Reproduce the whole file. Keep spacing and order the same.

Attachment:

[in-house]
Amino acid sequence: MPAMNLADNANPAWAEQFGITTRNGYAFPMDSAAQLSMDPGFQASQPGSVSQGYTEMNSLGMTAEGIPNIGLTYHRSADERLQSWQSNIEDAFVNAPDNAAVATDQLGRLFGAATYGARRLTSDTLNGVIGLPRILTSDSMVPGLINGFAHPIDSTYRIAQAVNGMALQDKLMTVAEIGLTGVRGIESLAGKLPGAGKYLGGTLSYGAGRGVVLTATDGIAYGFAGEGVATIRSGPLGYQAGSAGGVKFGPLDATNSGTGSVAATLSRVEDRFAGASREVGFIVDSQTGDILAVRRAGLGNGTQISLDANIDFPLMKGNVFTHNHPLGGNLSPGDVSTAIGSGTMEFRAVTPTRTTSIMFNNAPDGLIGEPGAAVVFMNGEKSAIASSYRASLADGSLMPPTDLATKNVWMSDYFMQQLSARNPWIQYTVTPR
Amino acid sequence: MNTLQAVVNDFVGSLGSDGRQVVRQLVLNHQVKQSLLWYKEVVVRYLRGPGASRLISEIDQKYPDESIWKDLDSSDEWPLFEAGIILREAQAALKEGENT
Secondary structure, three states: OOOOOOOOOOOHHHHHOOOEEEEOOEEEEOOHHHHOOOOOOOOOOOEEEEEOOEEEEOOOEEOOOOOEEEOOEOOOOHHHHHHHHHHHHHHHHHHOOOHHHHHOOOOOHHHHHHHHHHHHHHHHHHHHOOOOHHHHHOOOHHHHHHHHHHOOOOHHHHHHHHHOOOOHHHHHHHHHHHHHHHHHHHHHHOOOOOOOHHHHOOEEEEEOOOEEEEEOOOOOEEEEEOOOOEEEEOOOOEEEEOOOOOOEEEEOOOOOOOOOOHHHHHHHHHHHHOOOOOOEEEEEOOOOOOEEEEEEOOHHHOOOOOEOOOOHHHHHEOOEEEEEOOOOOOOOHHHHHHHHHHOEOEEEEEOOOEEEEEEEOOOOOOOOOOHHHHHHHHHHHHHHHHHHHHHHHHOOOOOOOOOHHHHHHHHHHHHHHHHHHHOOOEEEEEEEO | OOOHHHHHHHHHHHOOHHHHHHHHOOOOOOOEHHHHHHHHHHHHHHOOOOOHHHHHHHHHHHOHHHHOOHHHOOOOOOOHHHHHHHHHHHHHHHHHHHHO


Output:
[in-house]
Amino acid sequence: MPAMNLADNANPAWAEQFGITTRNGYAFPMDSAAQLSMDPGFQASQPGSVSQGYTEMNSLGMTAEGIPNIGLTYHRSADERLQSWQSNIEDAFVNAPDNAAVATDQLGRLFGAATYGARRLTSDTLNGVIGLPRILTSDSMVPGLINGFAHPIDSTYRIAQAVNGMALQDKLMTVAEIGLTGVRGIESLAGKLPGAGKYLGGTLSYGAGRGVVLTATDGIAYGFAGEGVATIRSGPLGYQAGSAGGVKFGPLDATNSGTGSVAATLSRVEDRFAGASREVGFIVDSQTGDILAVRRAGLGNGTQISLDANIDFPLMKGNVFTHNHPLGGNLSPGDVSTAIGSGTMEFRAVTPTRTTSIMFNNAPDGLIGEPGAAVVFMNGEKSAIASSYRASLADGSLMPPTDLATKNVWMSDYFMQQLSARNPWIQYTVTPR
Amino acid sequence: MNTLQAVVNDFVGSLGSDGRQVVRQLVLNHQVKQSLLWYKEVVVRYLRGPGASRLISEIDQKYPDESIWKDLDSSDEWPLFEAGIILREAQAALKEGENT
Secondary structure, three states: OOOOOOOOOOOHHHHHOOOEEEEOOEEEEOOHHHHOOOOOOOOOOOEEEEEOOEEEEOOOEEOOOOOEEEOOEOOOOHHHHHHHHHHHHHHHHHHOOOHHHHHOOOOOHHHHHHHHHHHHHHHHHHHHOOOOHHHHHOOOHHHHHHHHHHOOOOHHHHHHHHHOOOOHHHHHHHHHHHHHHHHHHHHHHOOOOOOOHHHHOOEEEEEOOOEEEEEOOOOOEEEEEOOOOEEEEOOOOEEEEOOOOOOEEEEOOOOOOOOOOHHHHHHHHHHHHOOOOOOEEEEEOOOOOOEEEEEEOOHHHOOOOOEOOOOHHHHHEOOEEEEEOOOOOOOOHHHHHHHHHHOEOEEEEEOOOEEEEEEEOOOOOOOOOOHHHHHHHHHHHHHHHHHHHHHHHHOOOOOOOOOHHHHHHHHHHHHHHHHHHHOOOEEEEEEEO | OOOHHHHHHHHHHHOOHHHHHHHHOOOOOOOEHHHHHHHHHHHHHHOOOOOHHHHHHHHHHHOHHHHOOHHHOOOOOOOHHHHHHHHHHHHHHHHHHHHO